A sage leader is anyone who operates in life and work from a holistic perspective. My friends in education call this wholeness. My friends in business call this authentic or integral leadership. It is also what many soulful teachers call the ‘universal human.’

From philosophy, the term holistic is defined thusly: “characterized by comprehension of the parts of something as intimately interconnected and explicable only by reference to the whole.

In the field of medicine, the term holistic is defined as “treatment of the whole person, taking into account mental and social factors, rather than just the symptoms of a disease.”

Although differing in their mastery or developmental stage, there are many modern-day sages among us! There have always been. I’m reminded of that tender reference Fred Rogers (Mr. Rogers) often shared about his mother in times of turmoil or crisis: “look for the helpers”, she said.

The ‘helpers’ are everywhere– they are the modern-day heroes you never hear about; the mothers, the grandmothers, the caregivers, the recovered, and the culturally-sensitive who look and operate beyond the socially-prescribed sanctions and weave love into the fabric of their life and work.

Think for a moment about a person you’ve known or currently know -whether in your family, a personal friend, someone in your neighborhood, or where you work that exudes optimism, understanding, and is moved to kindness or action in the face of human suffering. (This person may be you, by the way!!)

There are people among us who just feel like ‘old souls’, right? In my research and work, I’ve identified a number of qualities, including emotional intelligence, that can be observed in others and in ourselves– qualities that differentiate a “sage” or wise individual or leader, versus someone who is operating from a limited set of ideas and information.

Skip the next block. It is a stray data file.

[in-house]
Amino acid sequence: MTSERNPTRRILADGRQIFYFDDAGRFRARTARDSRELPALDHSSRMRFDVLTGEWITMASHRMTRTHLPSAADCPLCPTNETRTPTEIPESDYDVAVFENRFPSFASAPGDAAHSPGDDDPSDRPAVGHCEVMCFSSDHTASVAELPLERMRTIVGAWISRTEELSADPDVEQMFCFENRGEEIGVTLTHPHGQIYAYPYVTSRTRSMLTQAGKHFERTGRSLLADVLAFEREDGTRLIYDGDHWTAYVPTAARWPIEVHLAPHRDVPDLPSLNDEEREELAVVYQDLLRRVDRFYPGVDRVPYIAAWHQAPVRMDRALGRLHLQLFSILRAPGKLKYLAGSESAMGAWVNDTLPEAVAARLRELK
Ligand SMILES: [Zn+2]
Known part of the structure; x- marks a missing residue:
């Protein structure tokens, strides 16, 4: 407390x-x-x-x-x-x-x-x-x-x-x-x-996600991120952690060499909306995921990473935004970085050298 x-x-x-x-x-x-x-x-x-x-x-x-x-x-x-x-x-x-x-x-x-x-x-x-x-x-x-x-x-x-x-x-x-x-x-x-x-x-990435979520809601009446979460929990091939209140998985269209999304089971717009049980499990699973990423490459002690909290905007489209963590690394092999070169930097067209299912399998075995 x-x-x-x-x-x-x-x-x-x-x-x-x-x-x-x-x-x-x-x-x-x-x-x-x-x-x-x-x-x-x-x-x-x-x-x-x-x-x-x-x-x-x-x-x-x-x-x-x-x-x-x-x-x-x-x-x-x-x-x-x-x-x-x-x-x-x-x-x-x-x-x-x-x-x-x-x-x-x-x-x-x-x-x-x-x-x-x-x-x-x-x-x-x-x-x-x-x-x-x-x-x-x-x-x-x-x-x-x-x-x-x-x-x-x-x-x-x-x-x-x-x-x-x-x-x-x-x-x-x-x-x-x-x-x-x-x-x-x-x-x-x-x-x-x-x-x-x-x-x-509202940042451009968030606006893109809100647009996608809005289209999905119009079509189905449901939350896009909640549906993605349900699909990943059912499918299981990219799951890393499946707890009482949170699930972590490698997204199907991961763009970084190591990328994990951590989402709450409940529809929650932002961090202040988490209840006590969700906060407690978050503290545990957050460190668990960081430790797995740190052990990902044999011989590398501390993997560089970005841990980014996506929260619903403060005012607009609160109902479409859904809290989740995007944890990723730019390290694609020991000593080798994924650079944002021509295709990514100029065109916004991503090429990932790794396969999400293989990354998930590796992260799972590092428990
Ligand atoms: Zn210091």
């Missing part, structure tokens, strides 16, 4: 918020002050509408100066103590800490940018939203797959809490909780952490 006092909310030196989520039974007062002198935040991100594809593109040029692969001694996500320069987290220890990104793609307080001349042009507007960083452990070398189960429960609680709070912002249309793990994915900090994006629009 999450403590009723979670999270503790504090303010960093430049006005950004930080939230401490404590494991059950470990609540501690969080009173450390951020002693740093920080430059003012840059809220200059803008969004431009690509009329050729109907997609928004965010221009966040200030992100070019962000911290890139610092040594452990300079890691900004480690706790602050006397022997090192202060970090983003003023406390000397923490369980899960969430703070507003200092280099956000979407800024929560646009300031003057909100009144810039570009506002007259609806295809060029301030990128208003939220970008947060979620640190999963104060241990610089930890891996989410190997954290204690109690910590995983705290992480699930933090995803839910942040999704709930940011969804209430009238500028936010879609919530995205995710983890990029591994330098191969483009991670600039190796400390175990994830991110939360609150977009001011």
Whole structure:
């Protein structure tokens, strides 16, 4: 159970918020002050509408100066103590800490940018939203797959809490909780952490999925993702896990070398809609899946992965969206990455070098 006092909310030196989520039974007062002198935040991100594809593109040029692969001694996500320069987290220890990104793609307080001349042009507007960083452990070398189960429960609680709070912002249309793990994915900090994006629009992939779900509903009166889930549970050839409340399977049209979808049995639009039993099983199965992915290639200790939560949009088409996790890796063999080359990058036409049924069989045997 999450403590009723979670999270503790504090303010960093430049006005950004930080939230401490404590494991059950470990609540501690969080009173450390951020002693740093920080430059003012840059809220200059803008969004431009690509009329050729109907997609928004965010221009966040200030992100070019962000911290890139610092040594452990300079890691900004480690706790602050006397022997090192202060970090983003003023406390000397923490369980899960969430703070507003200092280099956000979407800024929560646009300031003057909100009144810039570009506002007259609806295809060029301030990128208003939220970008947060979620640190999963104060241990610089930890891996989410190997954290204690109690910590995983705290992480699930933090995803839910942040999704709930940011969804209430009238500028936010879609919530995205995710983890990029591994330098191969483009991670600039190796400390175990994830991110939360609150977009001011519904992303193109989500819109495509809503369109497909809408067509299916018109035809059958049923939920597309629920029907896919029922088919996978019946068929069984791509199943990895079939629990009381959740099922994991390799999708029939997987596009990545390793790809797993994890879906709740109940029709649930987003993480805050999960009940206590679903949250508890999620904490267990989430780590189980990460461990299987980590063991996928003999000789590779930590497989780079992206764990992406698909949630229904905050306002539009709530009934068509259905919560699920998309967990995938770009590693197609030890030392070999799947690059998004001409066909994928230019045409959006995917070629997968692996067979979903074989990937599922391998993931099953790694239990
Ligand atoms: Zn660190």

Being or working towards becoming a ‘sage leader’, does not imply perfection or immunity from life– in fact, quite the opposite is true. As my friend Kristie says, “it’s about being and working in the messy middle” and our ability to ‘stomach’ (literally) all that life is. But it does imply a stance of equanimity, harmony, and mindful action– therefore increased vitality for the individual. Being a sage leader is about self-mastery, as well as the ‘letting go’ of the delusion that there is anything to master….(except your own mind, of course.)

The path of the sage leader, including the poets, the musicians, the empaths, the teachers, the healers, the mothers, the caregivers, the nurses, and millions of human beings from all walks of life is a noble one; one that makes the segregation and separation of anyone or anything, obsolete.

You are here. You are whole. There are no exceptions. Therefore, to be a sage leader is simply to know and to embody this truth.


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